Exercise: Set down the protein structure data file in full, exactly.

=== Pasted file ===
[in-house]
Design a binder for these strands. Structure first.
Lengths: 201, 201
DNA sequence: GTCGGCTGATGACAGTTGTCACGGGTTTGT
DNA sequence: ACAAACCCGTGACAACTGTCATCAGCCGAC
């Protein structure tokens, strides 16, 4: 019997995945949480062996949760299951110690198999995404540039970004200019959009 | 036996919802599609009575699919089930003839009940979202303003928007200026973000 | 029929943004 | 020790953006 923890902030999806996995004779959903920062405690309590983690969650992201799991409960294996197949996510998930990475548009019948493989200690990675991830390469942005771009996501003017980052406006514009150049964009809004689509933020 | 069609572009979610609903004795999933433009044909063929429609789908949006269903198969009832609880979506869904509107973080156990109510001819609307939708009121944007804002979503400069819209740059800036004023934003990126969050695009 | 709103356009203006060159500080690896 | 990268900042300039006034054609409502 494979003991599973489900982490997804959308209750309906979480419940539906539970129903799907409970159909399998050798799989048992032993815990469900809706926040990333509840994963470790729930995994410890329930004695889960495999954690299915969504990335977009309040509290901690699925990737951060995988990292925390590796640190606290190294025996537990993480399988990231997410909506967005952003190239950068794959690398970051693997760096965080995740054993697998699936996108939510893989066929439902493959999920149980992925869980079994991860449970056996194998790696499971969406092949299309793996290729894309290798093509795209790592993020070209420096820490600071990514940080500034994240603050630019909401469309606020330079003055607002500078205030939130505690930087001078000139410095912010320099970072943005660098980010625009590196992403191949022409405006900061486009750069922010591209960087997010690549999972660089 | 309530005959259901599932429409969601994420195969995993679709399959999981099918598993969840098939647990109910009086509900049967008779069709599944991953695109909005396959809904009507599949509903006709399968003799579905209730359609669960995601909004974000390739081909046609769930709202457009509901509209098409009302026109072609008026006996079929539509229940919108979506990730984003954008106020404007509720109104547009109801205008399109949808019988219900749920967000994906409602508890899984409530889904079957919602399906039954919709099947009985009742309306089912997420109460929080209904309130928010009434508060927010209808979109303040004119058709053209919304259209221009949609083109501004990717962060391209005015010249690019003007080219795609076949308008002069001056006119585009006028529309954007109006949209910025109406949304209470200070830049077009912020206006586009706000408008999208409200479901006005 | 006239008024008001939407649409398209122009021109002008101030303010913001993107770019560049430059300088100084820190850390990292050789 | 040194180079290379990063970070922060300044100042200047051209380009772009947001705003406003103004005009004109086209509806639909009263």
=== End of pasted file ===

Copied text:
[in-house]
Design a binder for these strands. Structure first.
Lengths: 201, 201
DNA sequence: GTCGGCTGATGACAGTTGTCACGGGTTTGT
DNA sequence: ACAAACCCGTGACAACTGTCATCAGCCGAC
């Protein structure tokens, strides 16, 4: 019997995945949480062996949760299951110690198999995404540039970004200019959009 | 036996919802599609009575699919089930003839009940979202303003928007200026973000 | 029929943004 | 020790953006 923890902030999806996995004779959903920062405690309590983690969650992201799991409960294996197949996510998930990475548009019948493989200690990675991830390469942005771009996501003017980052406006514009150049964009809004689509933020 | 069609572009979610609903004795999933433009044909063929429609789908949006269903198969009832609880979506869904509107973080156990109510001819609307939708009121944007804002979503400069819209740059800036004023934003990126969050695009 | 709103356009203006060159500080690896 | 990268900042300039006034054609409502 494979003991599973489900982490997804959308209750309906979480419940539906539970129903799907409970159909399998050798799989048992032993815990469900809706926040990333509840994963470790729930995994410890329930004695889960495999954690299915969504990335977009309040509290901690699925990737951060995988990292925390590796640190606290190294025996537990993480399988990231997410909506967005952003190239950068794959690398970051693997760096965080995740054993697998699936996108939510893989066929439902493959999920149980992925869980079994991860449970056996194998790696499971969406092949299309793996290729894309290798093509795209790592993020070209420096820490600071990514940080500034994240603050630019909401469309606020330079003055607002500078205030939130505690930087001078000139410095912010320099970072943005660098980010625009590196992403191949022409405006900061486009750069922010591209960087997010690549999972660089 | 309530005959259901599932429409969601994420195969995993679709399959999981099918598993969840098939647990109910009086509900049967008779069709599944991953695109909005396959809904009507599949509903006709399968003799579905209730359609669960995601909004974000390739081909046609769930709202457009509901509209098409009302026109072609008026006996079929539509229940919108979506990730984003954008106020404007509720109104547009109801205008399109949808019988219900749920967000994906409602508890899984409530889904079957919602399906039954919709099947009985009742309306089912997420109460929080209904309130928010009434508060927010209808979109303040004119058709053209919304259209221009949609083109501004990717962060391209005015010249690019003007080219795609076949308008002069001056006119585009006028529309954007109006949209910025109406949304209470200070830049077009912020206006586009706000408008999208409200479901006005 | 006239008024008001939407649409398209122009021109002008101030303010913001993107770019560049430059300088100084820190850390990292050789 | 040194180079290379990063970070922060300044100042200047051209380009772009947001705003406003103004005009004109086209509806639909009263």